pathchk man page on SmartOS

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PATHCHK(1)							    PATHCHK(1)

       pathchk - check path names

       pathchk [-p] path...

       The  pathchk  command  will check that one or more path names are valid
       (that is, they could be used to access or create a file without causing
       syntax  errors)	and  portable  (that  is,  no filename truncation will
       result). More extensive portability  checks  are	 provided  by  the  -p

       By  default,  pathchk  will  check  each component of each path operand
       based on the underlying file system. A diagnostic will be  written  for
       each path operand that:

	   o	  is longer than PATH_MAX bytes.

	   o	  contains  any	 component  longer  than NAME_MAX bytes in its
		  containing directory

	   o	  contains any component in a directory that is not searchable

	   o	  contains any character in any component that is not valid in
		  its containing directory.

       The  format  of the diagnostic message is not specified, but will indi‐
       cate the error detected and the corresponding path operand.

       It will not be considered an error if one or more components of a  path
       operand do not exist as long as a file matching the path name specified
       by the missing components could be created that does not violate any of
       the checks specified above.

       The following option is supported:

	     Instead of performing checks based on the underlying file system,
	     write a diagnostic for each path operand that:

		 o	is longer than _POSIX_PATH_MAX	bytes

		 o	contains any  component	 longer	 than  _POSIX_NAME_MAX

		 o	contains any character in any component that is not in
			the portable filename character set.

       The following operand is supported:

	       A path to be checked.

       See largefile(5) for the description of the behavior  of	 pathchk  when
       encountering files greater than or equal to 2 Gbyte ( 2^31 bytes).

       Example 1 Using the pathchk command

       To  verify  that	 all paths in an imported data interchange archive are
       legitimate and unambiguous on the current system:

	 example% pax -f archive | sed -e '/ == .*/s///' | xargs pathchk
	 if [ $? -eq 0 ]
		 pax -r -f archive
	      echo Investigate problems before importing files.
	      exit 1

       To verify that all files in the current directory  hierarchy  could  be
       moved  to  any  system conforming to the X/Open specification that also
       supports the pax(1) command:

	 example% find . -print | xargs pathchk -p
	 if [ $? −eq 0 ]
		 pax -w -f archive .
	      echo Portable archive cannot be created.
	      exit 1

       To verify that a user-supplied path names a readable file and that  the
       application  can create a file extending the given path without trunca‐
       tion and without overwriting any existing file:

	 example% case $- in
	      *C*)    reset="";;
	      *)      reset="set +C"
		   set -C;;
	 test -r "$path" && pathchk "$path.out" &&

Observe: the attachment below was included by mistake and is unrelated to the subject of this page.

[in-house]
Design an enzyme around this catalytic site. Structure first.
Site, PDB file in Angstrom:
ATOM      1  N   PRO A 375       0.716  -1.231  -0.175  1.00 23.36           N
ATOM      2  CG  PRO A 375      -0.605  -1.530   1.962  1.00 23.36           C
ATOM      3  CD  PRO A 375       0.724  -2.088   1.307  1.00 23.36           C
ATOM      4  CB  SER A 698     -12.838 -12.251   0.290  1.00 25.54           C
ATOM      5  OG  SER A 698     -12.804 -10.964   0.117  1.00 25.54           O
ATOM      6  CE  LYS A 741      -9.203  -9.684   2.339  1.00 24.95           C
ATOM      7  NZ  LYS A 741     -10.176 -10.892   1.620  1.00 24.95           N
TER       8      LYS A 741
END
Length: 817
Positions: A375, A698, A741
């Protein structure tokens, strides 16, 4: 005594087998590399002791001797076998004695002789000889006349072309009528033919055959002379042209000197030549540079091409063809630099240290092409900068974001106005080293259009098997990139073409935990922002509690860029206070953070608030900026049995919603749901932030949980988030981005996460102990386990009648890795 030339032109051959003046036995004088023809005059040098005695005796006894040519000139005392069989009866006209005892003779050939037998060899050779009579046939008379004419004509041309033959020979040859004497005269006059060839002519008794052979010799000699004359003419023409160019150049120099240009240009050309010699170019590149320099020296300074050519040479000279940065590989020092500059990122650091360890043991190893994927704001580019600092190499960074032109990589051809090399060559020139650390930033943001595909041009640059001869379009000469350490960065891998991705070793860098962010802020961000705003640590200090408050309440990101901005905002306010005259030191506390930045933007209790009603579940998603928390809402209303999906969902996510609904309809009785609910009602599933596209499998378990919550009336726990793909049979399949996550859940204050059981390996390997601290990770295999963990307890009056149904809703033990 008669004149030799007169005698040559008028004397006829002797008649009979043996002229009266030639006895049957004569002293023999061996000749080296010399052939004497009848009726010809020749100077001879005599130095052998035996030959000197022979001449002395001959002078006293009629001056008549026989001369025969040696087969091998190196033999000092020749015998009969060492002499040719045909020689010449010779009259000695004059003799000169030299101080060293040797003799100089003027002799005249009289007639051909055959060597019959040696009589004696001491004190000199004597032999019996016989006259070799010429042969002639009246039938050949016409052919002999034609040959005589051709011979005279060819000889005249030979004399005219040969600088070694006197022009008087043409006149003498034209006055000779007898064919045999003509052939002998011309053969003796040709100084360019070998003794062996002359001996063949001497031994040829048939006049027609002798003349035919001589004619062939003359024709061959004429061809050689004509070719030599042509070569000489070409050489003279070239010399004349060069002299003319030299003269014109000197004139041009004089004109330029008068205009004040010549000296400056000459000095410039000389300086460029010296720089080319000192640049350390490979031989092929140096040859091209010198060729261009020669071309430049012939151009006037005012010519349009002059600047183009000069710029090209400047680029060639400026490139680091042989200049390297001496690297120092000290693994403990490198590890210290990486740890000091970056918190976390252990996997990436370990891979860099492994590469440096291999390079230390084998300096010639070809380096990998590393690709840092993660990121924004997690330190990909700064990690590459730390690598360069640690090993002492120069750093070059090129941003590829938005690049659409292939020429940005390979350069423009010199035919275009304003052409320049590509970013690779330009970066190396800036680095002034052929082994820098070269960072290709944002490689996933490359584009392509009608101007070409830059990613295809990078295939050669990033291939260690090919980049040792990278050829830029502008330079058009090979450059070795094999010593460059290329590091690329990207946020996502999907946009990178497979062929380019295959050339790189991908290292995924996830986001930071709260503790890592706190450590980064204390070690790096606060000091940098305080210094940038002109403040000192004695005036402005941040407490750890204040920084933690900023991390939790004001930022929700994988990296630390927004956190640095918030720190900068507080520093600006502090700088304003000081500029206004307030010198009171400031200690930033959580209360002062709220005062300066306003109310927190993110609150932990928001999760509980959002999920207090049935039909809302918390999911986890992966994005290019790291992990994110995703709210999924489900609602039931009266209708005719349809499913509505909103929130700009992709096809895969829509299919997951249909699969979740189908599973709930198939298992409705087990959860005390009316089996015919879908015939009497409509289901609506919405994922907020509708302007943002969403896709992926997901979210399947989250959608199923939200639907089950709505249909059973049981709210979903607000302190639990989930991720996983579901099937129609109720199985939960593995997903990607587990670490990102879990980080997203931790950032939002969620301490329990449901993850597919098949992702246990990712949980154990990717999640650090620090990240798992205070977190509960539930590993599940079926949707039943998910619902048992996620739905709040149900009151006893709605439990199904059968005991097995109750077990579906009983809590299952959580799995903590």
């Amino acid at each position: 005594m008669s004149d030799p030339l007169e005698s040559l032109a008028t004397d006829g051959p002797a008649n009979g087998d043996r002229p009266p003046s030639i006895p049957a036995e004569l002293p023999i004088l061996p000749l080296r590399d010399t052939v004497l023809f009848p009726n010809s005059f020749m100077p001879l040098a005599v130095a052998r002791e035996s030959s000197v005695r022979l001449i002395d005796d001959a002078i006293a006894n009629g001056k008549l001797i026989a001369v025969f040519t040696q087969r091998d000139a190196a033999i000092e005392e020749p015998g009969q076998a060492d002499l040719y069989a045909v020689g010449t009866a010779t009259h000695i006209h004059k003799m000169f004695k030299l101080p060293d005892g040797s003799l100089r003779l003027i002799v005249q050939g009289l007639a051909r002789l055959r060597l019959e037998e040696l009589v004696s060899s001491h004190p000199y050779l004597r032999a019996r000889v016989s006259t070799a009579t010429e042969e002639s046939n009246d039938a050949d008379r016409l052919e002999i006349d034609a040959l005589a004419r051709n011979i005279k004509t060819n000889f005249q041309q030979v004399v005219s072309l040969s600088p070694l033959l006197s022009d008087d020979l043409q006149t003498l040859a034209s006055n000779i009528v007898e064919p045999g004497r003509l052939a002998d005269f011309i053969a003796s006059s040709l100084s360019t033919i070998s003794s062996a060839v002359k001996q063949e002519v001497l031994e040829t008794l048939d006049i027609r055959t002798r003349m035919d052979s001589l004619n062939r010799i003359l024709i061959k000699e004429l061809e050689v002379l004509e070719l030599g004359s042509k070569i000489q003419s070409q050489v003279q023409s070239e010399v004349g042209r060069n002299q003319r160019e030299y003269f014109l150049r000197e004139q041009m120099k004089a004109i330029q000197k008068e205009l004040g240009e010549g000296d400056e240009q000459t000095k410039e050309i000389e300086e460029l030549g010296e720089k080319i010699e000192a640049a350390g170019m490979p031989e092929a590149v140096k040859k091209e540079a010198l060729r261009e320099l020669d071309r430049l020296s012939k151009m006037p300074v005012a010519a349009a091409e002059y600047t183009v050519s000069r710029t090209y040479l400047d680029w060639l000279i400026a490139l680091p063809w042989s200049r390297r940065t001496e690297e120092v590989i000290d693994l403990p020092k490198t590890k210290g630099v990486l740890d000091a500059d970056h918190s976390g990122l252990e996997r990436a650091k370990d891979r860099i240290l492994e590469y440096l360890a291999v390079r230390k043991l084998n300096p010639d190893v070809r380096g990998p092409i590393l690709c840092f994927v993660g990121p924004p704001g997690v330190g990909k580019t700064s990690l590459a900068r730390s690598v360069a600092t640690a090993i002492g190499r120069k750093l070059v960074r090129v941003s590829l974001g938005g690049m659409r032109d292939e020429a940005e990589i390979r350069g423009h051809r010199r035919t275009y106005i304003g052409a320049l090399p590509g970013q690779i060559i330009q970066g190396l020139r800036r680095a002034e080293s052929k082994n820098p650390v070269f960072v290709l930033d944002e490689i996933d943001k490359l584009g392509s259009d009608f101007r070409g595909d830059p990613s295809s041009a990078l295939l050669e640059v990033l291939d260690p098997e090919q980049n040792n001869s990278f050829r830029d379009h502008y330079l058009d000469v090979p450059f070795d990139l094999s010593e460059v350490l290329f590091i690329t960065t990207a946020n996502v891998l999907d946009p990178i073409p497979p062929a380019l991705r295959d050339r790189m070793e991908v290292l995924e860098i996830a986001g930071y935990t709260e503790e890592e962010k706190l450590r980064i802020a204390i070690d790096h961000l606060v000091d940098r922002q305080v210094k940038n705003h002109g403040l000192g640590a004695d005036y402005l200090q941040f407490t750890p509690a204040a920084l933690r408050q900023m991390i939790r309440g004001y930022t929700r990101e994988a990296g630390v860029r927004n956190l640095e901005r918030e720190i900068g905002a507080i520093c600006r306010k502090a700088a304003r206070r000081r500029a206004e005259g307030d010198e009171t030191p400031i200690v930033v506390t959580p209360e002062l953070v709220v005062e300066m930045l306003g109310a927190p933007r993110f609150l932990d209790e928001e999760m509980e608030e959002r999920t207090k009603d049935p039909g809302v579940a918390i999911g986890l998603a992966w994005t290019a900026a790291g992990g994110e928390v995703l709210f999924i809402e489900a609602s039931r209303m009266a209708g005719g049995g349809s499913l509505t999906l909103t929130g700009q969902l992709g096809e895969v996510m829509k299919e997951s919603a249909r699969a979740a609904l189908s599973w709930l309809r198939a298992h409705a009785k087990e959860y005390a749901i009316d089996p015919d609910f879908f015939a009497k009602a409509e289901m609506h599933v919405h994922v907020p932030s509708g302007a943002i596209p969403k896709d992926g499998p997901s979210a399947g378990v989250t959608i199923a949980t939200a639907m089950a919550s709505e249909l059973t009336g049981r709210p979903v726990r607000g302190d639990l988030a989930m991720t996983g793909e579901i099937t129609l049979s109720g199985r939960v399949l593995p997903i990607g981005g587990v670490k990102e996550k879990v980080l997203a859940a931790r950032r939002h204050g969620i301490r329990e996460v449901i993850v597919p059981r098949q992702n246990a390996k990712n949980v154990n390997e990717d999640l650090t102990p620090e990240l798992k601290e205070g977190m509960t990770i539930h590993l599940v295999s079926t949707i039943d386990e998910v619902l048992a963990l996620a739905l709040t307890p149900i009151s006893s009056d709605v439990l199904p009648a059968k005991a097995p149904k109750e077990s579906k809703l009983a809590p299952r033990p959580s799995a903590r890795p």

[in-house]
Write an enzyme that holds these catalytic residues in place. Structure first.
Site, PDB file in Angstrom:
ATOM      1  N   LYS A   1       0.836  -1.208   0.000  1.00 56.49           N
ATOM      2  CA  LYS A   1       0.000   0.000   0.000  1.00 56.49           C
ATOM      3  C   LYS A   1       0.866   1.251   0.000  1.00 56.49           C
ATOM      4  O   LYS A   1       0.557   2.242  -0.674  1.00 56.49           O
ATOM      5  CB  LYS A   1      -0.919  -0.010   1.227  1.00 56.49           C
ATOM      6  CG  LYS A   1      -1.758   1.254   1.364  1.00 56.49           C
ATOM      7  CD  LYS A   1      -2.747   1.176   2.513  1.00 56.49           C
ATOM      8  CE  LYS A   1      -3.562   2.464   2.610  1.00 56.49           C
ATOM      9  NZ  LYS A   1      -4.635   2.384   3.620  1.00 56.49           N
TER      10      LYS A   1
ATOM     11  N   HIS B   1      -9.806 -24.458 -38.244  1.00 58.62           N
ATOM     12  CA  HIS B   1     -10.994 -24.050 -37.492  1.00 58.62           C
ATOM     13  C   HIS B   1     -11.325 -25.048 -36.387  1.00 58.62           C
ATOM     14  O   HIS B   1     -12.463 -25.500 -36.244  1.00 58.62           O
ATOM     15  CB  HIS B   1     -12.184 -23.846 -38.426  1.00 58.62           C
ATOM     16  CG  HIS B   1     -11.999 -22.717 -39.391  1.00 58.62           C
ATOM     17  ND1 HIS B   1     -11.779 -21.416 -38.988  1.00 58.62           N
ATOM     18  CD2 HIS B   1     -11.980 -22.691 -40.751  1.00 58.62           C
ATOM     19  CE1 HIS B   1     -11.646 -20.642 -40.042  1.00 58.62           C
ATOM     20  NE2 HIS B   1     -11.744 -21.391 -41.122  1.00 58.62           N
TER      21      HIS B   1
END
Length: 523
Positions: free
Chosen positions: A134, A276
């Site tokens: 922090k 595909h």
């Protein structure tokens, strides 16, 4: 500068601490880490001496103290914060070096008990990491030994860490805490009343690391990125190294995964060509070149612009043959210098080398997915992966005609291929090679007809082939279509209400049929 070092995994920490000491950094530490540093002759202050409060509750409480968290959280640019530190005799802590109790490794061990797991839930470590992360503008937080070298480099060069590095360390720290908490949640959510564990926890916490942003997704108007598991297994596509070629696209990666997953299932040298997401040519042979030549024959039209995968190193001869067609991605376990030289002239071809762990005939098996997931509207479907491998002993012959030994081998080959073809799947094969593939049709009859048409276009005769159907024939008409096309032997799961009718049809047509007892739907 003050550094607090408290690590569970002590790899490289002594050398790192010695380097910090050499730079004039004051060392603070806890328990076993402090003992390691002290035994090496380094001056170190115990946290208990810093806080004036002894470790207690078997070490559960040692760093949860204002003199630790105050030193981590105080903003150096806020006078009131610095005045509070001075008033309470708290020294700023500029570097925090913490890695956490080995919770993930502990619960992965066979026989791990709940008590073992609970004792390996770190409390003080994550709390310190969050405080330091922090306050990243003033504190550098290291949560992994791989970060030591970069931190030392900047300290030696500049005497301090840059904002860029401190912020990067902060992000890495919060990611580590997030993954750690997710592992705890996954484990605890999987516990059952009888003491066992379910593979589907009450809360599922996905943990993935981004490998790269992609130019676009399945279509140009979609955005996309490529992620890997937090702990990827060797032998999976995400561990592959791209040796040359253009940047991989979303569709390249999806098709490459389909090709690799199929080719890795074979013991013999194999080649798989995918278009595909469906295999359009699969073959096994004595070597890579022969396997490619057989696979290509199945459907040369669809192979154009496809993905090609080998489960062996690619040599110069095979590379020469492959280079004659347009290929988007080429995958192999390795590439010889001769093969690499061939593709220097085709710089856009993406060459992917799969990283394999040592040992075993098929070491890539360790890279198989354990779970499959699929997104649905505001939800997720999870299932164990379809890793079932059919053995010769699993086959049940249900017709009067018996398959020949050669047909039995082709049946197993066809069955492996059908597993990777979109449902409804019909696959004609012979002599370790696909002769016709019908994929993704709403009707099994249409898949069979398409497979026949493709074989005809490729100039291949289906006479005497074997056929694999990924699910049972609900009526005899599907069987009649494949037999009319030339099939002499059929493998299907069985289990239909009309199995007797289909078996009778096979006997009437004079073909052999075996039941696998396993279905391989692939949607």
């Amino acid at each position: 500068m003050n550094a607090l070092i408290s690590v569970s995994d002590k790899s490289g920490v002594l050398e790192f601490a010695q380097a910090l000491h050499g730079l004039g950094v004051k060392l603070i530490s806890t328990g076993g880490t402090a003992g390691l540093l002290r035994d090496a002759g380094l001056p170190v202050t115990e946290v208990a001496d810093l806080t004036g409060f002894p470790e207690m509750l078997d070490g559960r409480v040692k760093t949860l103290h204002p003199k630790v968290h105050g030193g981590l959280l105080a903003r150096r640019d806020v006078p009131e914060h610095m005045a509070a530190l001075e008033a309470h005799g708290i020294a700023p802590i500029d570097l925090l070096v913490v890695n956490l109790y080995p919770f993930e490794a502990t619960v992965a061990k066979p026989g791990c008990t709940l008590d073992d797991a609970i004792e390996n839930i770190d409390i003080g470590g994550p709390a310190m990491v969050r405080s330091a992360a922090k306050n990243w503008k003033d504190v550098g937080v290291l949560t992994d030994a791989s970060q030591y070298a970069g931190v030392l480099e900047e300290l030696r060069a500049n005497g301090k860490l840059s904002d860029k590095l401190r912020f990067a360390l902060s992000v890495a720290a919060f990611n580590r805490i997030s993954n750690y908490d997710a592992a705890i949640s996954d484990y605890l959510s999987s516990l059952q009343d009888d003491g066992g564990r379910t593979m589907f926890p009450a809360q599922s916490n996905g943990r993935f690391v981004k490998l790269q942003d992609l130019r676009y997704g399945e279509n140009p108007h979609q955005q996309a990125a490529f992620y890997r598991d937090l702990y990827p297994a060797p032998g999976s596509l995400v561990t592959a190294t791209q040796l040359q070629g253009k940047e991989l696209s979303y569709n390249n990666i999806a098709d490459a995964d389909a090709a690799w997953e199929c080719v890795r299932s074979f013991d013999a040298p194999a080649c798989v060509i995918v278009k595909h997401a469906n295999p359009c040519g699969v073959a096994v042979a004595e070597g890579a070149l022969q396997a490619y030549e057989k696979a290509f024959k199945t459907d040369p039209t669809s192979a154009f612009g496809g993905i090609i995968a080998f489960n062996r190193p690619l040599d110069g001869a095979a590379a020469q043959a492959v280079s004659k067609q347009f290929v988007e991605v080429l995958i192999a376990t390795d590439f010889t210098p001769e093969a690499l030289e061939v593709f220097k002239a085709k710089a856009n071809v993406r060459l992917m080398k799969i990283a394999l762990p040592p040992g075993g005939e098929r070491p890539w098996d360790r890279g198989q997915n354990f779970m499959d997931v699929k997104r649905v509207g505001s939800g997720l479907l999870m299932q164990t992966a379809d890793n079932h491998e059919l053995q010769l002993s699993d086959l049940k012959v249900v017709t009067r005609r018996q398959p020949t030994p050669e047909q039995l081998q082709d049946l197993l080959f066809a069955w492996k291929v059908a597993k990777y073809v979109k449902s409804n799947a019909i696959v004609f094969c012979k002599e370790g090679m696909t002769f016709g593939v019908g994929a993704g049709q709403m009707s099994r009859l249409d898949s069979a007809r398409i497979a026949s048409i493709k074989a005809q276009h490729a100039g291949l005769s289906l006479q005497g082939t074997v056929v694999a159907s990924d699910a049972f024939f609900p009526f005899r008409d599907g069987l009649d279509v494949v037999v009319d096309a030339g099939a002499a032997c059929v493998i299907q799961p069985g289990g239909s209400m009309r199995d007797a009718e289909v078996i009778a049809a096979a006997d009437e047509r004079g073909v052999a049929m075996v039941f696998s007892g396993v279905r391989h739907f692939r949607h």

rm "$path.out" > "$path.out"
	 if [ $? -ne 0 ]; then
	      printf "%s: %s not found or %s.out fails \
	 creation checks.\n" $0 "$path" "$path"
	      $reset	# reset the noclobber option in case a trap
		   # on EXIT depends on it
	      exit 1
	 PROCESSING < "$path" > "$path.out"

       The following assumptions are made in this example:

	   1.	  PROCESSING represents the code that  will  be	 used  by  the
		  application  to use $path once it is verified that $path.out
		  will work as intended.

	   2.	  The state of the noclobber option is unknown when this  code
		  is  invoked and should be set on exit to the state it was in
		  when this code was invoked.  (The reset variable is used  in
		  this example to restore the initial state.)

	   3.	  Note the usage of:

		    rm "$path.out" > "$path.out"

		 The pathchk command has already verified, at this point, that
		 $path.out will not be truncated.

		 With the noclobber option set, the  shell  will  verify  that
		 $path.out does not already exist before invoking rm.

		 If  the shell succeeded in creating $path.out, rm will remove
		 it so that the application can create the file again  in  the

		 If  the  PROCESSING step wants the file to exist already when
		 it is invoked, the:

		   rm "$path.out" > "$path.out"

		 should be replaced with:

		   > "$path.out"

		 which will verify that the file did not  already  exist,  but
		 leave $path.out in place for use by PROCESSING.

       See  environ(5) for descriptions of the following environment variables
       that affect the execution of pathchk: LANG, LC_ALL,  LC_CTYPE,  LC_MES‐
       SAGES, and NLSPATH.

       The following exit values are returned:

	     All path operands passed all of the checks.

	     An error occurred.

       See attributes(5) for descriptions of the following attributes:

       │Interface Stability │ Standard	      │

       pax(1), test(1), attributes(5), environ(5), largefile(5), standards(5)

				  Feb 1, 1995			    PATHCHK(1)

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